Since The Big Chill, too often directors and film producers have taken the easy way out in creating soundtracks for their big-budget Hollywood movies by licensing a couple handfuls of hits either from the catalog of yesteryear's pop giants or from hungry up-and-comers. It's a formula almost. Thankfully there are still film scores, though they all seem to be written by the same five men. Both of these poles sees to lie in stark contrast to Robert Rodriguez's approach to creating an audio environment both to accompany and stand apart from his films. On Once Upon a Time in Mexico, Rodriquez took matters into his own hands and procured a series of rather obscure existing tracks that viscerally underscore defined themes in his movie – such as Juno Reactor's "Pistolero," Brian Setzer's ass-kicking "Malagueña," and Manu Chao's "Me Gustas Tu." He also commissioned several tracks to actors and wrote others for his players. Thus Tito Larriva's haunting "Flor de Mal," or Johnny Depp and friends under the moniker Tonto's Giant Nuts offer "Sands Theme," while Rubén Blades and Antonio Banderas helped to flesh out their own character's themes musically as well as dramatically.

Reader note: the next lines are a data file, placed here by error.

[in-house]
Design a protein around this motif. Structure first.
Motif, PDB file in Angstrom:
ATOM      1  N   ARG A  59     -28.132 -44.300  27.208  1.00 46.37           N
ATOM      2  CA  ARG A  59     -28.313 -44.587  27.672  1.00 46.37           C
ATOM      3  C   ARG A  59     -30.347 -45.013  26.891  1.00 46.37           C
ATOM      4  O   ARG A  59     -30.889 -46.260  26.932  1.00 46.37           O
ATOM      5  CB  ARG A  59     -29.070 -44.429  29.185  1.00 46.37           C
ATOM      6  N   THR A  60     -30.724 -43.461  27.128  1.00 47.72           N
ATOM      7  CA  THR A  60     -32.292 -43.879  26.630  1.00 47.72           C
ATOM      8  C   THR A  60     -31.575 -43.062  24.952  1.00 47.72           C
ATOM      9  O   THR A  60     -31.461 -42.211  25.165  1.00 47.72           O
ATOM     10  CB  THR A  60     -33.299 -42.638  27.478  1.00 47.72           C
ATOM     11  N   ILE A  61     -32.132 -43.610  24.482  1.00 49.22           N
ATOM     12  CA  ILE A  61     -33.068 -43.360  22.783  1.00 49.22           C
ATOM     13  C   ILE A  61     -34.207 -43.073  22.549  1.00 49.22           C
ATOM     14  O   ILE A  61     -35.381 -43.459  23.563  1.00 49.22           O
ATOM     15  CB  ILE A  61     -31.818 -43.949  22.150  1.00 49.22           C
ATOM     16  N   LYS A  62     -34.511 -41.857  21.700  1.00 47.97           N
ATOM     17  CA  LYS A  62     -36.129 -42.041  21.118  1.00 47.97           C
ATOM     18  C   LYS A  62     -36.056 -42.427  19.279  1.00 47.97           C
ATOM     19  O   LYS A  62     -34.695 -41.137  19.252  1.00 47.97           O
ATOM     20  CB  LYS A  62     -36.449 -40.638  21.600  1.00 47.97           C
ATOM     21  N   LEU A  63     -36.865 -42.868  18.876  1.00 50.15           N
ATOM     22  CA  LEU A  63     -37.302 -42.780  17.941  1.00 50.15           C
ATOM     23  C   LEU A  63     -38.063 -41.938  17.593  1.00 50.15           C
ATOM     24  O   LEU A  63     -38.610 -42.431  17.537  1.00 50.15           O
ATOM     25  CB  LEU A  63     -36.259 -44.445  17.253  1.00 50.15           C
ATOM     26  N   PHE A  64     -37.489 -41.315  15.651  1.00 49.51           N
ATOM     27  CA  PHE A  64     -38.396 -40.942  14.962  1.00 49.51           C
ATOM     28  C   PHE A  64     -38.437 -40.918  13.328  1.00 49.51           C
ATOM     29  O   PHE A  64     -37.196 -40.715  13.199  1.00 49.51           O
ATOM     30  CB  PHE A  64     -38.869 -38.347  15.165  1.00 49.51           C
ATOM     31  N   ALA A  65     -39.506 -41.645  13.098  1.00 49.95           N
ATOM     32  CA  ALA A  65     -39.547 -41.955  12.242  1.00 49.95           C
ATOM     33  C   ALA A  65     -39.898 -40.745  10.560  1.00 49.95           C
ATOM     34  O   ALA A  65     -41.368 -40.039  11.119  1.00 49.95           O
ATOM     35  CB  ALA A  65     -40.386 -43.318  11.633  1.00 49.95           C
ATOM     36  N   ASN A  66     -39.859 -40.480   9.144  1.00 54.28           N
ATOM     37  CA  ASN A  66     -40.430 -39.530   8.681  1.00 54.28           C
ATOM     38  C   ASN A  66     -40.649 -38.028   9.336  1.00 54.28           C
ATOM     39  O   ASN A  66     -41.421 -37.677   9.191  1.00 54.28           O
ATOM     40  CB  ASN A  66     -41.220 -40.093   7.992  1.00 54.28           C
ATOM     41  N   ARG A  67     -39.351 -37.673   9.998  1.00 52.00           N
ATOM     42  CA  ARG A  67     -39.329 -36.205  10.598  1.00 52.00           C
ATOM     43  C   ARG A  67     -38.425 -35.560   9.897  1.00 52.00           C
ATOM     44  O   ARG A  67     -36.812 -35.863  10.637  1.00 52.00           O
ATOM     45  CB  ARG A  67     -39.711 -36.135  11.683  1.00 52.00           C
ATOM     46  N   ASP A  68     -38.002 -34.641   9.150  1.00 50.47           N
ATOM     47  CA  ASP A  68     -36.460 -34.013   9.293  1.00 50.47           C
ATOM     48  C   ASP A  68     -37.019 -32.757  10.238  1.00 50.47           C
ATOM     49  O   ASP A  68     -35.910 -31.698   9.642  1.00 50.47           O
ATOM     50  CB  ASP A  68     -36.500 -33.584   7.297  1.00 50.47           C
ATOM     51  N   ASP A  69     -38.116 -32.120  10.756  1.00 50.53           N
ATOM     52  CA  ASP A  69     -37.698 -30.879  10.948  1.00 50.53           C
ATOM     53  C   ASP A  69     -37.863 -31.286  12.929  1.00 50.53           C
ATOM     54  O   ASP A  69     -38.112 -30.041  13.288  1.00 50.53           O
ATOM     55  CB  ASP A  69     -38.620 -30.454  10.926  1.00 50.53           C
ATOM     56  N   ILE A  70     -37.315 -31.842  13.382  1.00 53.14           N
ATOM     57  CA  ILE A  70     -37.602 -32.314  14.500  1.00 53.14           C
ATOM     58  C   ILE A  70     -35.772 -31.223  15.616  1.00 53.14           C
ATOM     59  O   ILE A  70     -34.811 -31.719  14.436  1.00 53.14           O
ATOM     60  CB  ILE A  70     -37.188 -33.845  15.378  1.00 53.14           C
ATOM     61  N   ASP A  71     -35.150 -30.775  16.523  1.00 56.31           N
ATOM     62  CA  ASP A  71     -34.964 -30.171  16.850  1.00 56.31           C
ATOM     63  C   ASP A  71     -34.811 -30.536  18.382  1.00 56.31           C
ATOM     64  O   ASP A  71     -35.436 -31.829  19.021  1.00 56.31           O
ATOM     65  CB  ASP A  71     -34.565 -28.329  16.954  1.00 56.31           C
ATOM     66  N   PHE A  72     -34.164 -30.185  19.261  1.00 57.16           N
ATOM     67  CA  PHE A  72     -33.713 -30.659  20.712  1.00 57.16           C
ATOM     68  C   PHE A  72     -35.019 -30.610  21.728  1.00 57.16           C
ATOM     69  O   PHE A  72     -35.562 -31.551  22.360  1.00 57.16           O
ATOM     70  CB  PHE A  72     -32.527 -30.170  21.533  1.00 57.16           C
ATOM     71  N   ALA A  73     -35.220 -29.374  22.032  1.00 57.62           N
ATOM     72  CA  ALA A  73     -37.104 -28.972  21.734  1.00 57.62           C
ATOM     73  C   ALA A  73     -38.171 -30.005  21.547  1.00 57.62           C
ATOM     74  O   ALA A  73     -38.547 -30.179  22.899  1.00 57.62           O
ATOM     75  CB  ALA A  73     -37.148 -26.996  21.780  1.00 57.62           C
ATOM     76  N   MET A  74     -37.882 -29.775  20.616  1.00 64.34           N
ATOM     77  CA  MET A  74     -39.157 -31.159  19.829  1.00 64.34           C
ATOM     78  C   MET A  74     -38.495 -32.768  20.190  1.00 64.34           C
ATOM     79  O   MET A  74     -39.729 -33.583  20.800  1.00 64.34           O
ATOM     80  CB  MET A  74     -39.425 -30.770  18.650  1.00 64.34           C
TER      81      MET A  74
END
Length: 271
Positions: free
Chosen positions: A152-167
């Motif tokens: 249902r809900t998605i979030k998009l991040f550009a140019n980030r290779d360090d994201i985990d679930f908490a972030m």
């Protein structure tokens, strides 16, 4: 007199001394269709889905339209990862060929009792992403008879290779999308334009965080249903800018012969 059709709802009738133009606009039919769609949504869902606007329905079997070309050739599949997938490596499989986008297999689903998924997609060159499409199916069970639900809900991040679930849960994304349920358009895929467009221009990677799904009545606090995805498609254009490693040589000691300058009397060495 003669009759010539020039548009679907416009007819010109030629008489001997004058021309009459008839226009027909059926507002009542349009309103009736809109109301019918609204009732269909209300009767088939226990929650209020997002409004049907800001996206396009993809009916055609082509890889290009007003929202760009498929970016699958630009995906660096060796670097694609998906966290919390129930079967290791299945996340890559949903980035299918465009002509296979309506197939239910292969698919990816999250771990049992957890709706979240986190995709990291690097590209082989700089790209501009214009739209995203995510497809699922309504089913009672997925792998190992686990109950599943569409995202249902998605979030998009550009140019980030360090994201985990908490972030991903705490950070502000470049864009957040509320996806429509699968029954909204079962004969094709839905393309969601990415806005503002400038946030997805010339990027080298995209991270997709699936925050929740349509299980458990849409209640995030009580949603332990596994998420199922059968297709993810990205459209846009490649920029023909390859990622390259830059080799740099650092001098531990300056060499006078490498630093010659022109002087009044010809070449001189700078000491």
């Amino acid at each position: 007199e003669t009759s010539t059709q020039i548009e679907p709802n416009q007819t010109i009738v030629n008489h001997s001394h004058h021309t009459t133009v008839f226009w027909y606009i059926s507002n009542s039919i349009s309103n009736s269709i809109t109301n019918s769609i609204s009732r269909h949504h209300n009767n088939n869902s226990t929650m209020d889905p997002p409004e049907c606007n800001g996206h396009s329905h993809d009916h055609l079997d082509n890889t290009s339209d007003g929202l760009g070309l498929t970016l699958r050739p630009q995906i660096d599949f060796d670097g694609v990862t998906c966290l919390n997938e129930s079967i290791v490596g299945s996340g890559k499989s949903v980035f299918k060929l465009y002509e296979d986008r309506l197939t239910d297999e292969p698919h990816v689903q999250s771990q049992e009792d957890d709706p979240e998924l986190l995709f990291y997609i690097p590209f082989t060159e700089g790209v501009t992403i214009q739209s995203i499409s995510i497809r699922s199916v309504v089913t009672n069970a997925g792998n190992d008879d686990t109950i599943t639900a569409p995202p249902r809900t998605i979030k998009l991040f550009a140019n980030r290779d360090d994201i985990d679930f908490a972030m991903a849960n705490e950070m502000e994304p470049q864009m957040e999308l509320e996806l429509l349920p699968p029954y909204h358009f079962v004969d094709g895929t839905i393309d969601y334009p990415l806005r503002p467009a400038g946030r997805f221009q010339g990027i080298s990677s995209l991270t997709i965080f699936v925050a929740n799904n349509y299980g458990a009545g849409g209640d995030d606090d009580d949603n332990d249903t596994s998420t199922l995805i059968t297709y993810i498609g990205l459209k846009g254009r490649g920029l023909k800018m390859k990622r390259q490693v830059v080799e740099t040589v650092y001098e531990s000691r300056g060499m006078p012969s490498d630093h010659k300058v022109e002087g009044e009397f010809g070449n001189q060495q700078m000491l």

Rob McConnell & the Boss Brass add plenty of spice to this Christmas jazz CD, not only with superb, fresh charts but a few surprising selections. The rich brass and reeds carry the deliberate rendition of "Have Yourself a Merry Little Christmas," which segues into a perky Latin-flavored chart of "I'll Be Home for Christmas." "Away in a Manger" is not the commonly heard melody but one first written in 1887, though the music will likely be familiar, even if one doesn't associate it with the well-known lyrics. The lush setting of "The Christmas Song," which likely set Mel Tormé and Bob Wells for life with royalty checks due to its many recordings, showcases the leader's valve trombone and pianist David Restivo. "My Favorite Things," originally written for The Sound of Music, has gradually been transformed into double duty as a Christmas carol; this swinging interpretation works very well. Johnny Mandel, the composer of many memorable melodies, deserves greater recognition for his gorgeous piece "A Christmas Love Song"; this arrangement deserved to help put it on the jazz map. Rob McConnell & the Boss Brass consistently delivered first-rate music throughout their existence, this holiday CD no exception.